So what in the world is going on with the Xbox One and its used game policy? We’ve been following the story across multiple websites and with replies and counter-replies from multiple Microsoft sources. Who’s telling the truth? Who’s mistaken? Who’s just hoping this whole thing blows over?
We give it our best shot, but honestly, this might require a statement from Bill Gates to really sort it out…
According to an article on Wired posted during Microsoft’s console reveal, the publisher plans to require Xbox One users to install each disc-based game they purchase to the system’s 500 GB hard drive. From there, each game will be tied to an Xbox Live account and you won’t be required to have the disc in the drive. And if you re-sell that game to a friend or your local GameStop, the person who uses it next will have to pay a “used game fee” to unlock.
STATUS AT THIS POINT: Xbox One games must be installed to hard drive, used games require fee to unlock.
This sent the Internet into an apocalyptic frenzy and Microsoft’s Xbox Support Twitter account was the first to spring into action. Doing a little damage control, they flat out call Wired’s Chris Kohler a liar:
@paulmitchell80 We can confirm that the article stating Xbox One will charge fees to play used games is NOT correct. ^PJ
— Xbox Support 3 (@XboxSupport3) May 21, 2013
STATUS AT THIS POINT: Xbox One games must be installed to hard drive, used games do not require fee to unlock.
This message was followed by an official Xbox One FAQ posted at Microsoft’s Xbox Wire newsblog. Cryptically, the FAQ stated: “We are designing Xbox One to enable customers to trade in and resell games. We’ll have more details to share later.” Admittedly, I got confused. Aren’t all consoles “designed” to enable customers to trade in and resell games? By saying that the Xbox One is being “designed” for used games, Microsoft is implying that the system will include some kind of used game lockout, in contradiction to the Xbox Support Twitter feed.
STATUS AT THIS POINT: Xbox One games must be installed to hard drive, used games require some kind of intervention from Microsoft to unlock.
Major Nelson got in on the act and further slammed Xbox Support’s answer by claiming that everything reported so far (which, at the time only included Wired’s report) was one of “many potential scenarios discussed” for the Xbox One’s used game policy. He then reiterated the FAQ’s line by stating the Xbox One is “designed to enable our customers to trade in and resell games at retail.”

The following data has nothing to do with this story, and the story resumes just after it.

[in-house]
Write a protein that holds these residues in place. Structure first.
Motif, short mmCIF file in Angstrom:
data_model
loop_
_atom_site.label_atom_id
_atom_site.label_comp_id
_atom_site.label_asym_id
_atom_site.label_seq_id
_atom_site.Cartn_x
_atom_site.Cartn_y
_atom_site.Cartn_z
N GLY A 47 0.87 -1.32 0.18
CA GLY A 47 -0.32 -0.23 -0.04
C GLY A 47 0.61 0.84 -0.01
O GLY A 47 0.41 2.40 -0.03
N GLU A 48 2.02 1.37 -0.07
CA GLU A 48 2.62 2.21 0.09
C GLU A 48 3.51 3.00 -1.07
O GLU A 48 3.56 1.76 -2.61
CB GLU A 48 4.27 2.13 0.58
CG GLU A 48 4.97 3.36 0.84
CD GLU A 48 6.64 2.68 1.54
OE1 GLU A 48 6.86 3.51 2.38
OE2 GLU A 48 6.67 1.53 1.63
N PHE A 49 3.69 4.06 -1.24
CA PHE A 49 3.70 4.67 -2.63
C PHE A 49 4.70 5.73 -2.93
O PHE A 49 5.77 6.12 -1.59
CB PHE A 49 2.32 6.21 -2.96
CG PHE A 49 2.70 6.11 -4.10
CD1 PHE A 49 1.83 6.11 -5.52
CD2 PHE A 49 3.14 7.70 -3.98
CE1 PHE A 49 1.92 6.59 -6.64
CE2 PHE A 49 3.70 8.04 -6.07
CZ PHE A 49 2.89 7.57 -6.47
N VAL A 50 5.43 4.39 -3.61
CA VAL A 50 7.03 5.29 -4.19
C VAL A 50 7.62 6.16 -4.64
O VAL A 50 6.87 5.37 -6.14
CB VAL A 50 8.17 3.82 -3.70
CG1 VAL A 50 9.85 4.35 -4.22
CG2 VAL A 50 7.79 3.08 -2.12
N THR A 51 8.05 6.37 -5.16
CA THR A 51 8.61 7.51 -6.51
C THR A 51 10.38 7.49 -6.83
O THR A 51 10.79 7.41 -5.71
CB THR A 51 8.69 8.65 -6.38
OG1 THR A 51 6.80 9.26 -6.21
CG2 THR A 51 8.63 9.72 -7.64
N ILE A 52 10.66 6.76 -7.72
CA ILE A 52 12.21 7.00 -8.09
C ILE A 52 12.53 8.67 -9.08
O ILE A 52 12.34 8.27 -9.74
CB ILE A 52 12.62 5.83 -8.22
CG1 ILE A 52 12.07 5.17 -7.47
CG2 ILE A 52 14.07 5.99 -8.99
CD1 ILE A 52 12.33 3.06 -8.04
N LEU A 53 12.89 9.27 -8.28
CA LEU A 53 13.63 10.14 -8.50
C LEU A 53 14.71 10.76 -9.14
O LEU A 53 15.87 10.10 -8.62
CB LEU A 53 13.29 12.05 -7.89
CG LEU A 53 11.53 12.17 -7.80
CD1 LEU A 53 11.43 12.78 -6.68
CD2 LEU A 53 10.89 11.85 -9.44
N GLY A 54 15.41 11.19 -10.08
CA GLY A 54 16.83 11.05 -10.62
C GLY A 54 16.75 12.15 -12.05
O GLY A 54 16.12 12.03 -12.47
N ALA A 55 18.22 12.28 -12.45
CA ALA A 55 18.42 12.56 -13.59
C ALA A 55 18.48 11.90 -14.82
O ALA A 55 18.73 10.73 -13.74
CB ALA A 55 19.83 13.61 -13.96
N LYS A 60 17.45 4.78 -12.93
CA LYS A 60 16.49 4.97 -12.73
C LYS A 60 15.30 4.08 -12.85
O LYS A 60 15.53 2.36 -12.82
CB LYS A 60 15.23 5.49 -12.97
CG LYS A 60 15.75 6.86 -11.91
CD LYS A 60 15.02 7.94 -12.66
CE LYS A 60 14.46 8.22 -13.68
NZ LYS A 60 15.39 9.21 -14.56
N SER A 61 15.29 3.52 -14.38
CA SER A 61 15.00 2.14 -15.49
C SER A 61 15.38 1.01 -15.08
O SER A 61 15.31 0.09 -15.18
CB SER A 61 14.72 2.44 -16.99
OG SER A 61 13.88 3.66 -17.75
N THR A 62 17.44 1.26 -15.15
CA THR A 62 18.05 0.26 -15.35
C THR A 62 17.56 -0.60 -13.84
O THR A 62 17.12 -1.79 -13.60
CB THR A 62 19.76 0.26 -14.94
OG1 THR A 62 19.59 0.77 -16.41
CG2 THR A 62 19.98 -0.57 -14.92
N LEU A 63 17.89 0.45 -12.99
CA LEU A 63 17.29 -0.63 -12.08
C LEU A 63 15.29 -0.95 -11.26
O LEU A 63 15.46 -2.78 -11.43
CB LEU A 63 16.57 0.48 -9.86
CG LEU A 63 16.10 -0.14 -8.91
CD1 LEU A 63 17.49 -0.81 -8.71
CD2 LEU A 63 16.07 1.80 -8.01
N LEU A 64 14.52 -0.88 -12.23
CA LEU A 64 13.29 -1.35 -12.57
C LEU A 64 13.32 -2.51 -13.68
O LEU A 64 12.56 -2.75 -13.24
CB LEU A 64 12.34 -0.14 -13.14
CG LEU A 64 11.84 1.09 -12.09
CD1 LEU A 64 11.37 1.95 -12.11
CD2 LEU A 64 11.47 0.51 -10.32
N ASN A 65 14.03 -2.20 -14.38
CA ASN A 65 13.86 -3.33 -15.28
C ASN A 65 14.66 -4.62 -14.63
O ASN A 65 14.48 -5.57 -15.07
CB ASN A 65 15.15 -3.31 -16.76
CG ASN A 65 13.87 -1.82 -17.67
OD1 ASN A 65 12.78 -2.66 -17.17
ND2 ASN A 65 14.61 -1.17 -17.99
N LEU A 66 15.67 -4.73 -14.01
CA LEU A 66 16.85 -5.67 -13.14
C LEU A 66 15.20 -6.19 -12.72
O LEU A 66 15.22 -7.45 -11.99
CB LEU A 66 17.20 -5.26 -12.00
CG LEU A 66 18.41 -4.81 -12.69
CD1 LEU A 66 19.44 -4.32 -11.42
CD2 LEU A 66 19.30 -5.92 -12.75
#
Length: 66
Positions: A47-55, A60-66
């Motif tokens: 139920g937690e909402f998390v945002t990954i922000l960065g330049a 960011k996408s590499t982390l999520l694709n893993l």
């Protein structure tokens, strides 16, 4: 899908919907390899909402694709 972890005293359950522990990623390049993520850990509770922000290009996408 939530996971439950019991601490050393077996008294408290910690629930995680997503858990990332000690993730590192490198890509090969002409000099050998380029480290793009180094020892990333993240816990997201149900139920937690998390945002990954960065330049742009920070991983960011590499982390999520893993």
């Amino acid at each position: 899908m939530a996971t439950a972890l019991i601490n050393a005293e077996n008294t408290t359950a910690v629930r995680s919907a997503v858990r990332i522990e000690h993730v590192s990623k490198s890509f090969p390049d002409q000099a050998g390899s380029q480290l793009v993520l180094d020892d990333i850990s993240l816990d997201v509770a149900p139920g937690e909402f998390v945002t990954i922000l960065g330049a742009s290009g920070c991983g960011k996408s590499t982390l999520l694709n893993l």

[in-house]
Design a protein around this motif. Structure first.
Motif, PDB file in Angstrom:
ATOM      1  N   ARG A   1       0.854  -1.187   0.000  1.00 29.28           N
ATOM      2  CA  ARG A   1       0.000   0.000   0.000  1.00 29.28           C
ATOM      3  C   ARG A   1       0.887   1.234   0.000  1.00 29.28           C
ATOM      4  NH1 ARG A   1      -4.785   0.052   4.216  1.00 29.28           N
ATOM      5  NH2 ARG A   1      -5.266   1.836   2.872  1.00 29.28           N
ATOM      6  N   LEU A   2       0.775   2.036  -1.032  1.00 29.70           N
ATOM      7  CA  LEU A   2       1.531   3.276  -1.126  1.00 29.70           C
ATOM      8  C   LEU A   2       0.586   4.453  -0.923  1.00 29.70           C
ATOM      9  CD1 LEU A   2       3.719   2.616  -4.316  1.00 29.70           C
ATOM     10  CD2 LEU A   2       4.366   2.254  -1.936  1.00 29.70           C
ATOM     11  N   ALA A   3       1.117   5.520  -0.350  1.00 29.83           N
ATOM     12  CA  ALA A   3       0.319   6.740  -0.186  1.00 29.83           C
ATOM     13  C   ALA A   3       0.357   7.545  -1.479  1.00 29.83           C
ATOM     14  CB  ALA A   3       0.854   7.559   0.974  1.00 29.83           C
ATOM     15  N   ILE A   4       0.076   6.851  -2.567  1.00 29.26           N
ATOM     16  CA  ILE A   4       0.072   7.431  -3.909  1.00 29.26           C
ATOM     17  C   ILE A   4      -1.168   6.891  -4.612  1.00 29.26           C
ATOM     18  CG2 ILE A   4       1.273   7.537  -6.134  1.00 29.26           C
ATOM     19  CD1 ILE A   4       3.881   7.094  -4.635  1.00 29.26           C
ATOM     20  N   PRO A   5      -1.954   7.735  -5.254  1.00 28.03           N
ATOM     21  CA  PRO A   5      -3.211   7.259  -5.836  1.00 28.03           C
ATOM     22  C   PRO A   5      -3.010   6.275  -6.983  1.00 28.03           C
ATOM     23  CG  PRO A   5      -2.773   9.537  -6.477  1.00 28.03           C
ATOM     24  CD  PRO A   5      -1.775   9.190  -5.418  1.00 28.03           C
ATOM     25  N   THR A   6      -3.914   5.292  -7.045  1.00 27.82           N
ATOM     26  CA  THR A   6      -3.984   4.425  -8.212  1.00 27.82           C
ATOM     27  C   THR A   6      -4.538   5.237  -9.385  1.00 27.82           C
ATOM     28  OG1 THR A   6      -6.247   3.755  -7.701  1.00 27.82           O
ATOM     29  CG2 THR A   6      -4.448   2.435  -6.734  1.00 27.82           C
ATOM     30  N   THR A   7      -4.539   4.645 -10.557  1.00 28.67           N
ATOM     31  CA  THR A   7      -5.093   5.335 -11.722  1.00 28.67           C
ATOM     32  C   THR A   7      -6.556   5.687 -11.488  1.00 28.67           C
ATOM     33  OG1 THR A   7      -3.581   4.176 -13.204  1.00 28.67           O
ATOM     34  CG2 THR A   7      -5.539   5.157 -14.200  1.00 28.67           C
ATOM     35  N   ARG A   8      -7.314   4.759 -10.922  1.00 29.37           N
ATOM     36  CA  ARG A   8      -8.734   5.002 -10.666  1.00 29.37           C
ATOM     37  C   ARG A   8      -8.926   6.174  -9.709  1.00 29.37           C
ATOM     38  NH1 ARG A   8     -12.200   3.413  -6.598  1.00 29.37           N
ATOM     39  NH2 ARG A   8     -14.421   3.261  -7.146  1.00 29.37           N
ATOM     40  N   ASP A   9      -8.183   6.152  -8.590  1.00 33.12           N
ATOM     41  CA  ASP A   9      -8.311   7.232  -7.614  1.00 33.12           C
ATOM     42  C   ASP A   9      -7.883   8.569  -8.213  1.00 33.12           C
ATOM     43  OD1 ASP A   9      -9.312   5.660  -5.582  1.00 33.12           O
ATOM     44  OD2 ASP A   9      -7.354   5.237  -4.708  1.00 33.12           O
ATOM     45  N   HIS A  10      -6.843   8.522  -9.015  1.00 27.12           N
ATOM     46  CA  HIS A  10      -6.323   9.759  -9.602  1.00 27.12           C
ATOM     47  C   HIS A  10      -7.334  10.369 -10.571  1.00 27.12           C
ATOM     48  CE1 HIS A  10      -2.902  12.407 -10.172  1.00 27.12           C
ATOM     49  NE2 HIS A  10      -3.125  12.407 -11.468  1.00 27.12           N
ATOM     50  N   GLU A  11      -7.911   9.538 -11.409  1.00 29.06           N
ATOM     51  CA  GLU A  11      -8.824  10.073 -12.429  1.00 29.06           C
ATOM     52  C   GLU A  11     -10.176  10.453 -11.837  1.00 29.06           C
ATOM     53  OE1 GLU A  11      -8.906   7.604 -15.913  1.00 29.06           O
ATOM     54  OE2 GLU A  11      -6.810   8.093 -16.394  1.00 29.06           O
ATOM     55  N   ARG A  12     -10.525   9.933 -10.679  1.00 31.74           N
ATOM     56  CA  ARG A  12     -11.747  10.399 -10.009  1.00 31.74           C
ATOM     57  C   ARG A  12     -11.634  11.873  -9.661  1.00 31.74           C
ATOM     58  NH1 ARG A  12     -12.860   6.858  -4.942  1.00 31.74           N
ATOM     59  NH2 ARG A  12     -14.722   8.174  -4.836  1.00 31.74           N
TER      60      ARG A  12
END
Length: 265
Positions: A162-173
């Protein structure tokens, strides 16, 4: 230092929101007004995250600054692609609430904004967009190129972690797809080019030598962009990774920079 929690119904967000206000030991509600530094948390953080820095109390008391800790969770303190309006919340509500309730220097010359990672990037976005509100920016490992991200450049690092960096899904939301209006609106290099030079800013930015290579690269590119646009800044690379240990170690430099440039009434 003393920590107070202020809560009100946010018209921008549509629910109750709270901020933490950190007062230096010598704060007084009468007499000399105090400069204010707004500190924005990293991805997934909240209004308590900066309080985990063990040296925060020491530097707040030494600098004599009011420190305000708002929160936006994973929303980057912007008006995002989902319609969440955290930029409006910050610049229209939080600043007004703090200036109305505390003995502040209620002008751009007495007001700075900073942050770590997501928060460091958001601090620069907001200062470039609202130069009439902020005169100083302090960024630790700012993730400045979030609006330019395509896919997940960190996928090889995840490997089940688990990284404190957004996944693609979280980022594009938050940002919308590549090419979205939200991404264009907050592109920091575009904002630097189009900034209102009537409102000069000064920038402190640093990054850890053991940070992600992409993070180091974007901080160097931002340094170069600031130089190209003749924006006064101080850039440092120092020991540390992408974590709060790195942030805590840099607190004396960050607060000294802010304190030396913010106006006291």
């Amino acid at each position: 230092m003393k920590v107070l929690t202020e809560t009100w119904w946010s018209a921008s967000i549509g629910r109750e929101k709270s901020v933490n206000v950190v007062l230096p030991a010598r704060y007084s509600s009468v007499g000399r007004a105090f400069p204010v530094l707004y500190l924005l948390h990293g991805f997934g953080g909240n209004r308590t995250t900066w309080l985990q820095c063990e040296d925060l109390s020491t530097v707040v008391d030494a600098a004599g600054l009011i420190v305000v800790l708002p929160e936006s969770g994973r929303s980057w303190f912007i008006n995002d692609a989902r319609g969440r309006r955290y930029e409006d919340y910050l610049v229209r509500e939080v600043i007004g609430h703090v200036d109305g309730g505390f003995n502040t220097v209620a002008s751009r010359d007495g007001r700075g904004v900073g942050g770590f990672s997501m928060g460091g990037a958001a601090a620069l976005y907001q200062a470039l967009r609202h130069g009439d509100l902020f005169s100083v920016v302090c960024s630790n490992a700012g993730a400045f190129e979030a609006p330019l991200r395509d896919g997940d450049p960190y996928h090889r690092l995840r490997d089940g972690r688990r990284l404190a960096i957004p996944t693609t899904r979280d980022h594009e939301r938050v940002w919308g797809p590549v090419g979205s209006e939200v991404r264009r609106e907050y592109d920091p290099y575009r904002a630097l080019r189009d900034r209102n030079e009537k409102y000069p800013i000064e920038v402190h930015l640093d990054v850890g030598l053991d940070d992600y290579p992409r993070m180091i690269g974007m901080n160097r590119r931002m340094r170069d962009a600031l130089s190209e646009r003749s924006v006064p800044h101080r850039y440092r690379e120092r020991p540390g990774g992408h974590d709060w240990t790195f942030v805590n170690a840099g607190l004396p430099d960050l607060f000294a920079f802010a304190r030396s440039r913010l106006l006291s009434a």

He also added that there would be no fee to play Xbox One games tied to your account on a friend’s system, provided your logged in to your account on your friend’s Xbox One.
STATUS AT THIS POINT: Xbox One games must be installed to hard drive, used games will be supported in some way, but lending/renting games is not allowed.
After all this, Kotaku spoke to Microsoft’s Corporate Vice President, who told a different tale. He said that each Xbox One game would come with a one-time activation code that must be registered online before the game will work. This links the game to your Gamertag, installs it to your hard drive, and effectively makes the disc a coaster. Other Xbox Live accounts signed in on this console will also be able to play the game. Harrison also reiterated Major Nelson’s “no lending” statement, saying, “The bits that are on that disc, you can give it to your friend and they can install it on an Xbox One. They would then have to purchase the right to play that game through Xbox Live.” The cost to purchase the right to play? Full price.
Harrison added the interesting wrinkle that Xbox One owners will be able to trade in their downloaded games, erase the activation code from their system, and receive some kind of compensation. Interesting, but unlikely to help the average gamer save any money in the long run like today.
STATUS AT THIS POINT: Xbox One games must be installed to hard drive while connected to the Internet. Used games will be supported, but you must purchase a full price activation code to play it. Lending/renting games is not allowed.
Finally, Polygon contacted an unnamed Microsoft spokesperson by email to get the final word. This spokesperson contradicted Harrison and said that everything he said was, again, just a scenario Microsoft is considering.
“There have been reports of a specific time period — those were discussions of potential scenarios, but we have not confirmed any details today, nor will we be,” the spokesperson said.
STATUS AT THIS POINT: Xbox One games must be installed to hard drive while connected to the Internet. Used games will be supported in some way. Lending/renting games is not allowed.
Is everybody clear? Even with all this back and forth, a few things remained consistent. Games must be installed. The Xbox One will use some kind of re-activation system. And lending and/or renting games won’t be allowed without a re-activation fee.
Basically, Microsoft has declared war on used games. And they’ve ceded the next generation to Sony and Nintendo.